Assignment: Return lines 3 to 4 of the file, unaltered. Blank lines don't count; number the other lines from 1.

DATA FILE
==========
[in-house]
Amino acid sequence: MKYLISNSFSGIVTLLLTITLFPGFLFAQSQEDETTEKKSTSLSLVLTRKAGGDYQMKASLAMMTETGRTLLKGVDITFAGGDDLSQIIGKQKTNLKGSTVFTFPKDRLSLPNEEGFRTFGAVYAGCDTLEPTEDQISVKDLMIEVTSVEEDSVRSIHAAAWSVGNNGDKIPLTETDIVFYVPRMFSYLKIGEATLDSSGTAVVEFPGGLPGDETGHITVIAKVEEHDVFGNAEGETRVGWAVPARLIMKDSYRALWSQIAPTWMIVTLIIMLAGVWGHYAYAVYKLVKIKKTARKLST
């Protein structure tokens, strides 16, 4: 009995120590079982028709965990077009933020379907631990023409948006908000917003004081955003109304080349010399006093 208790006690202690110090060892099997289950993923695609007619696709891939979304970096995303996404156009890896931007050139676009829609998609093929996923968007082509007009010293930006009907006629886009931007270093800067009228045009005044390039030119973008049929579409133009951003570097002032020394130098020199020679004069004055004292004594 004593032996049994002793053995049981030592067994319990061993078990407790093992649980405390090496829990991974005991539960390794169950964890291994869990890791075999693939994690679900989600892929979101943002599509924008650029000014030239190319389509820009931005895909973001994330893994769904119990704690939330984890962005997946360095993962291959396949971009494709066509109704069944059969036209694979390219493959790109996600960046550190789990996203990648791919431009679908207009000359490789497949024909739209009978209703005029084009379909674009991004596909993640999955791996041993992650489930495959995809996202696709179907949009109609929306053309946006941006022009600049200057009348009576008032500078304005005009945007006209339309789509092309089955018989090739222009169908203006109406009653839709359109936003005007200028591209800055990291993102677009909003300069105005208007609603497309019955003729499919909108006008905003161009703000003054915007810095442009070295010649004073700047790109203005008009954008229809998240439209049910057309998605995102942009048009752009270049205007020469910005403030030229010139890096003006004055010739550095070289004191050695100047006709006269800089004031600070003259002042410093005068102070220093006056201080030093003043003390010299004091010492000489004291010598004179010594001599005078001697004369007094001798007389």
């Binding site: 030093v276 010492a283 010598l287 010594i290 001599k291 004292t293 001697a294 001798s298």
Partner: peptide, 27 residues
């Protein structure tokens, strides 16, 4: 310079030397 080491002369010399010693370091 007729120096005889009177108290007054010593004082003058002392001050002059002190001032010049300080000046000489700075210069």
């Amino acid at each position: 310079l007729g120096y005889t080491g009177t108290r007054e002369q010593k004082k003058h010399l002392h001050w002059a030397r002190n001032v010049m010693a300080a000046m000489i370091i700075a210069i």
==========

């Protein structure tokens, strides 16, 4: 009995120590079982028709965990077009933020379907631990023409948006908000917003004081955003109304080349010399006093 208790006690202690110090060892099997289950993923695609007619696709891939979304970096995303996404156009890896931007050139676009829609998609093929996923968007082509007009010293930006009907006629886009931007270093800067009228045009005044390039030119973008049929579409133009951003570097002032020394130098020199020679004069004055004292004594 004593032996049994002793053995049981030592067994319990061993078990407790093992649980405390090496829990991974005991539960390794169950964890291994869990890791075999693939994690679900989600892929979101943002599509924008650029000014030239190319389509820009931005895909973001994330893994769904119990704690939330984890962005997946360095993962291959396949971009494709066509109704069944059969036209694979390219493959790109996600960046550190789990996203990648791919431009679908207009000359490789497949024909739209009978209703005029084009379909674009991004596909993640999955791996041993992650489930495959995809996202696709179907949009109609929306053309946006941006022009600049200057009348009576008032500078304005005009945007006209339309789509092309089955018989090739222009169908203006109406009653839709359109936003005007200028591209800055990291993102677009909003300069105005208007609603497309019955003729499919909108006008905003161009703000003054915007810095442009070295010649004073700047790109203005008009954008229809998240439209049910057309998605995102942009048009752009270049205007020469910005403030030229010139890096003006004055010739550095070289004191050695100047006709006269800089004031600070003259002042410093005068102070220093006056201080030093003043003390010299004091010492000489004291010598004179010594001599005078001697004369007094001798007389």
């Binding site: 030093v276 010492a283 010598l287 010594i290 001599k291 004292t293 001697a294 001798s298």